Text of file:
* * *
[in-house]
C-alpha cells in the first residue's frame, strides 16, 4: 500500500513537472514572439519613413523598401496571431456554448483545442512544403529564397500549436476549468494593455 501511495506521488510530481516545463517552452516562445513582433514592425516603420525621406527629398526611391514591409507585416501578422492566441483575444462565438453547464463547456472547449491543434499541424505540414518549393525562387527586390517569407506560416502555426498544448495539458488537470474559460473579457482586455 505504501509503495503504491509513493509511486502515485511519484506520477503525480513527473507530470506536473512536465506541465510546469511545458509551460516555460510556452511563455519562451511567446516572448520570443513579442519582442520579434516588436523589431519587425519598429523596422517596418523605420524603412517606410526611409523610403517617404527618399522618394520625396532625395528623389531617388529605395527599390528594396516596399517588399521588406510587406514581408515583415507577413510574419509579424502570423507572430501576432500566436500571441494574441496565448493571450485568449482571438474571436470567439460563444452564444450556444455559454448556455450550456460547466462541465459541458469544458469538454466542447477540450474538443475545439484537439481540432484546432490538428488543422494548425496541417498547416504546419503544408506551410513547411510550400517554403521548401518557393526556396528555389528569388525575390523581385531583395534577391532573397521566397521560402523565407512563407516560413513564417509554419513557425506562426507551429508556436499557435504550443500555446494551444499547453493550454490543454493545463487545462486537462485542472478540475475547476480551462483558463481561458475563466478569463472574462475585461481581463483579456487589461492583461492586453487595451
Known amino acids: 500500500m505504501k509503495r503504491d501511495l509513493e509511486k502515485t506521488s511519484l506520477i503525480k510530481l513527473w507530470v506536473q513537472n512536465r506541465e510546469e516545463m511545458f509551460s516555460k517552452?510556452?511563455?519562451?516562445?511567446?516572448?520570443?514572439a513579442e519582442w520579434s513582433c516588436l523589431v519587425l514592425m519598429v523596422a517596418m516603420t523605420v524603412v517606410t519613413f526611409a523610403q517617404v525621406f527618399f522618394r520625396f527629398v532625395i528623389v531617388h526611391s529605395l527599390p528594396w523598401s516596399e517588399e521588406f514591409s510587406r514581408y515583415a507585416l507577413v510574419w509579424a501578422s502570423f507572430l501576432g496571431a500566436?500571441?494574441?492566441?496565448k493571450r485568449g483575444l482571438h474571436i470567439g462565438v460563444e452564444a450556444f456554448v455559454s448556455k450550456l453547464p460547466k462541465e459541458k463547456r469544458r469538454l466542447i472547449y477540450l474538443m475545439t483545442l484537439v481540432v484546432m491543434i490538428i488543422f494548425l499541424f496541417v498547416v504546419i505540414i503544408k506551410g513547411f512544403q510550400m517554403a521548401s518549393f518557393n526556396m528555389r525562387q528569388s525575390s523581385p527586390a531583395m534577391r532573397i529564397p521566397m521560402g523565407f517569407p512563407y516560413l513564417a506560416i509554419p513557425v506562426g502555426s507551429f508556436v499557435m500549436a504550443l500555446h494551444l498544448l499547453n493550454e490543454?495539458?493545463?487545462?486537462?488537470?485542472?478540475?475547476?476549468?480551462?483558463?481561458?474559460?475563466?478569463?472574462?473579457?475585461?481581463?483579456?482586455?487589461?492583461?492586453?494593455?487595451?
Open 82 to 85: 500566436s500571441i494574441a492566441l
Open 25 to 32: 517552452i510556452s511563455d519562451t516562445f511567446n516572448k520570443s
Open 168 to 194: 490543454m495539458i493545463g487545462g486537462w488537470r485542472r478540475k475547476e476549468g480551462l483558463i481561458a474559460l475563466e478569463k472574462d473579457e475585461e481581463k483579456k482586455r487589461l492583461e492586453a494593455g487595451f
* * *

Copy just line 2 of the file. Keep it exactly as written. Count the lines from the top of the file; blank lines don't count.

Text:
C-alpha cells in the first residue's frame, strides 16, 4: 500500500513537472514572439519613413523598401496571431456554448483545442512544403529564397500549436476549468494593455 501511495506521488510530481516545463517552452516562445513582433514592425516603420525621406527629398526611391514591409507585416501578422492566441483575444462565438453547464463547456472547449491543434499541424505540414518549393525562387527586390517569407506560416502555426498544448495539458488537470474559460473579457482586455 505504501509503495503504491509513493509511486502515485511519484506520477503525480513527473507530470506536473512536465506541465510546469511545458509551460516555460510556452511563455519562451511567446516572448520570443513579442519582442520579434516588436523589431519587425519598429523596422517596418523605420524603412517606410526611409523610403517617404527618399522618394520625396532625395528623389531617388529605395527599390528594396516596399517588399521588406510587406514581408515583415507577413510574419509579424502570423507572430501576432500566436500571441494574441496565448493571450485568449482571438474571436470567439460563444452564444450556444455559454448556455450550456460547466462541465459541458469544458469538454466542447477540450474538443475545439484537439481540432484546432490538428488543422494548425496541417498547416504546419503544408506551410513547411510550400517554403521548401518557393526556396528555389528569388525575390523581385531583395534577391532573397521566397521560402523565407512563407516560413513564417509554419513557425506562426507551429508556436499557435504550443500555446494551444499547453493550454490543454493545463487545462486537462485542472478540475475547476480551462483558463481561458475563466478569463472574462475585461481581463483579456487589461492583461492586453487595451